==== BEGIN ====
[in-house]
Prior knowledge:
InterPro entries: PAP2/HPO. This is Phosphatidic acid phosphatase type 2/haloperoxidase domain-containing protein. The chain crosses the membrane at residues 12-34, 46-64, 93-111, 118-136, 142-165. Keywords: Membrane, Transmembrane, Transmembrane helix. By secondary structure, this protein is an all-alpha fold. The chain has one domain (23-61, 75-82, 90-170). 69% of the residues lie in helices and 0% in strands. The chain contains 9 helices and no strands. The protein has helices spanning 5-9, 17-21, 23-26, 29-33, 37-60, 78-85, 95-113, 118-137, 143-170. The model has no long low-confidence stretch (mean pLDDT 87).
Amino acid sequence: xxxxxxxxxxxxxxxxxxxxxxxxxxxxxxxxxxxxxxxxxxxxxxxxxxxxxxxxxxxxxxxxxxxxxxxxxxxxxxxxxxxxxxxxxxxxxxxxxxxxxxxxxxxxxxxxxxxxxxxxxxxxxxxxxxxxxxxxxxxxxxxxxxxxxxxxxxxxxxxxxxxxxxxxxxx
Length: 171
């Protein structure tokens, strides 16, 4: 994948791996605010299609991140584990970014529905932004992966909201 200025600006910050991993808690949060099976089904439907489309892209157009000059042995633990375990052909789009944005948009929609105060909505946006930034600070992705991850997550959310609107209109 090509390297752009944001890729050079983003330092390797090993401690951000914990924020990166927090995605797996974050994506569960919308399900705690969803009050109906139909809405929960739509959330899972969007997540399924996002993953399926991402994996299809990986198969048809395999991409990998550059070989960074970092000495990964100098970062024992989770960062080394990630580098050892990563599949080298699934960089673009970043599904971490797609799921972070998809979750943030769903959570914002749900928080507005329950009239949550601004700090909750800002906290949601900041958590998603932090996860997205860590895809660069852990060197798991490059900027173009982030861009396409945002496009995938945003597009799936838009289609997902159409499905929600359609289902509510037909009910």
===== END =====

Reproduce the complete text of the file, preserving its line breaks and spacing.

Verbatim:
[in-house]
Prior knowledge:
InterPro entries: PAP2/HPO. This is Phosphatidic acid phosphatase type 2/haloperoxidase domain-containing protein. The chain crosses the membrane at residues 12-34, 46-64, 93-111, 118-136, 142-165. Keywords: Membrane, Transmembrane, Transmembrane helix. By secondary structure, this protein is an all-alpha fold. The chain has one domain (23-61, 75-82, 90-170). 69% of the residues lie in helices and 0% in strands. The chain contains 9 helices and no strands. The protein has helices spanning 5-9, 17-21, 23-26, 29-33, 37-60, 78-85, 95-113, 118-137, 143-170. The model has no long low-confidence stretch (mean pLDDT 87).
Amino acid sequence: xxxxxxxxxxxxxxxxxxxxxxxxxxxxxxxxxxxxxxxxxxxxxxxxxxxxxxxxxxxxxxxxxxxxxxxxxxxxxxxxxxxxxxxxxxxxxxxxxxxxxxxxxxxxxxxxxxxxxxxxxxxxxxxxxxxxxxxxxxxxxxxxxxxxxxxxxxxxxxxxxxxxxxxxxxx
Length: 171
């Protein structure tokens, strides 16, 4: 994948791996605010299609991140584990970014529905932004992966909201 200025600006910050991993808690949060099976089904439907489309892209157009000059042995633990375990052909789009944005948009929609105060909505946006930034600070992705991850997550959310609107209109 090509390297752009944001890729050079983003330092390797090993401690951000914990924020990166927090995605797996974050994506569960919308399900705690969803009050109906139909809405929960739509959330899972969007997540399924996002993953399926991402994996299809990986198969048809395999991409990998550059070989960074970092000495990964100098970062024992989770960062080394990630580098050892990563599949080298699934960089673009970043599904971490797609799921972070998809979750943030769903959570914002749900928080507005329950009239949550601004700090909750800002906290949601900041958590998603932090996860997205860590895809660069852990060197798991490059900027173009982030861009396409945002496009995938945003597009799936838009289609997902159409499905929600359609289902509510037909009910």